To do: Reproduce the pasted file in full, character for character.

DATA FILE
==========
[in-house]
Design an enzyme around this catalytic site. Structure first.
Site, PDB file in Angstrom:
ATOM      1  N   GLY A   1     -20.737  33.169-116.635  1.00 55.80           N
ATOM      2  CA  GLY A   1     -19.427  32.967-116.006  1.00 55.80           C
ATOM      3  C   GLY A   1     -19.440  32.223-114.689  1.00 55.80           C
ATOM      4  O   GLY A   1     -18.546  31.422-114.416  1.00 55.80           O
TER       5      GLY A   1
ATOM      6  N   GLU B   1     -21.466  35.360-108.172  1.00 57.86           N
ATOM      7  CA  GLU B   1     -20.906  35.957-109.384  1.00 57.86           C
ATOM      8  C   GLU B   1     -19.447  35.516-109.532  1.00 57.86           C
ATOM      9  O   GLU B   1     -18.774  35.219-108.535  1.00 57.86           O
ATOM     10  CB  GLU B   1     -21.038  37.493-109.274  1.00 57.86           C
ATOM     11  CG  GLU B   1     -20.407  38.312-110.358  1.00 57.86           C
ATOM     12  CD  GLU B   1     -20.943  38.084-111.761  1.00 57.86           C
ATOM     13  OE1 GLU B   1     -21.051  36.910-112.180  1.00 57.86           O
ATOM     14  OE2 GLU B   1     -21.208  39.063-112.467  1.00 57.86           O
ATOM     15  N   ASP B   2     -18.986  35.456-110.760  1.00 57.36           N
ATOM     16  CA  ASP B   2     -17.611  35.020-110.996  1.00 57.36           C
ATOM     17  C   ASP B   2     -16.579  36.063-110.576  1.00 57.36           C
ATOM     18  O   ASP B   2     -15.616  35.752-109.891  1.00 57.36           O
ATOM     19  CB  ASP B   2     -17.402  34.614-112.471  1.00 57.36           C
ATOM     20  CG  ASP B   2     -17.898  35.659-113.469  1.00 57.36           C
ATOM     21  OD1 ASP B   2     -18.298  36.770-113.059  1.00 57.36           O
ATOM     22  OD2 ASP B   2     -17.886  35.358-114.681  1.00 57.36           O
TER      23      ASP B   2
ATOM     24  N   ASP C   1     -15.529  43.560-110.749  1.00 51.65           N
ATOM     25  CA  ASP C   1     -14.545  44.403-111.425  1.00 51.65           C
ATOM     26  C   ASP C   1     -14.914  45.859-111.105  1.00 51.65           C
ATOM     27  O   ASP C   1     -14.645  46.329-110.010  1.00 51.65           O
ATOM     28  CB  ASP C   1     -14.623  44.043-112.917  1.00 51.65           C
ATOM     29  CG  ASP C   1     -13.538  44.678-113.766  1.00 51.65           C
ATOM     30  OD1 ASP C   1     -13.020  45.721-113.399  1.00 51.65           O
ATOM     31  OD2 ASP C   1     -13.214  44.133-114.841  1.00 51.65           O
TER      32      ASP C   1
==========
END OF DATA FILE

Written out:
[in-house]
Design an enzyme around this catalytic site. Structure first.
Site, PDB file in Angstrom:
ATOM      1  N   GLY A   1     -20.737  33.169-116.635  1.00 55.80           N
ATOM      2  CA  GLY A   1     -19.427  32.967-116.006  1.00 55.80           C
ATOM      3  C   GLY A   1     -19.440  32.223-114.689  1.00 55.80           C
ATOM      4  O   GLY A   1     -18.546  31.422-114.416  1.00 55.80           O
TER       5      GLY A   1
ATOM      6  N   GLU B   1     -21.466  35.360-108.172  1.00 57.86           N
ATOM      7  CA  GLU B   1     -20.906  35.957-109.384  1.00 57.86           C
ATOM      8  C   GLU B   1     -19.447  35.516-109.532  1.00 57.86           C
ATOM      9  O   GLU B   1     -18.774  35.219-108.535  1.00 57.86           O
ATOM     10  CB  GLU B   1     -21.038  37.493-109.274  1.00 57.86           C
ATOM     11  CG  GLU B   1     -20.407  38.312-110.358  1.00 57.86           C
ATOM     12  CD  GLU B   1     -20.943  38.084-111.761  1.00 57.86           C
ATOM     13  OE1 GLU B   1     -21.051  36.910-112.180  1.00 57.86           O
ATOM     14  OE2 GLU B   1     -21.208  39.063-112.467  1.00 57.86           O
ATOM     15  N   ASP B   2     -18.986  35.456-110.760  1.00 57.36           N
ATOM     16  CA  ASP B   2     -17.611  35.020-110.996  1.00 57.36           C
ATOM     17  C   ASP B   2     -16.579  36.063-110.576  1.00 57.36           C
ATOM     18  O   ASP B   2     -15.616  35.752-109.891  1.00 57.36           O
ATOM     19  CB  ASP B   2     -17.402  34.614-112.471  1.00 57.36           C
ATOM     20  CG  ASP B   2     -17.898  35.659-113.469  1.00 57.36           C
ATOM     21  OD1 ASP B   2     -18.298  36.770-113.059  1.00 57.36           O
ATOM     22  OD2 ASP B   2     -17.886  35.358-114.681  1.00 57.36           O
TER      23      ASP B   2
ATOM     24  N   ASP C   1     -15.529  43.560-110.749  1.00 51.65           N
ATOM     25  CA  ASP C   1     -14.545  44.403-111.425  1.00 51.65           C
ATOM     26  C   ASP C   1     -14.914  45.859-111.105  1.00 51.65           C
ATOM     27  O   ASP C   1     -14.645  46.329-110.010  1.00 51.65           O
ATOM     28  CB  ASP C   1     -14.623  44.043-112.917  1.00 51.65           C
ATOM     29  CG  ASP C   1     -13.538  44.678-113.766  1.00 51.65           C
ATOM     30  OD1 ASP C   1     -13.020  45.721-113.399  1.00 51.65           O
ATOM     31  OD2 ASP C   1     -13.214  44.133-114.841  1.00 51.65           O
TER      32      ASP C   1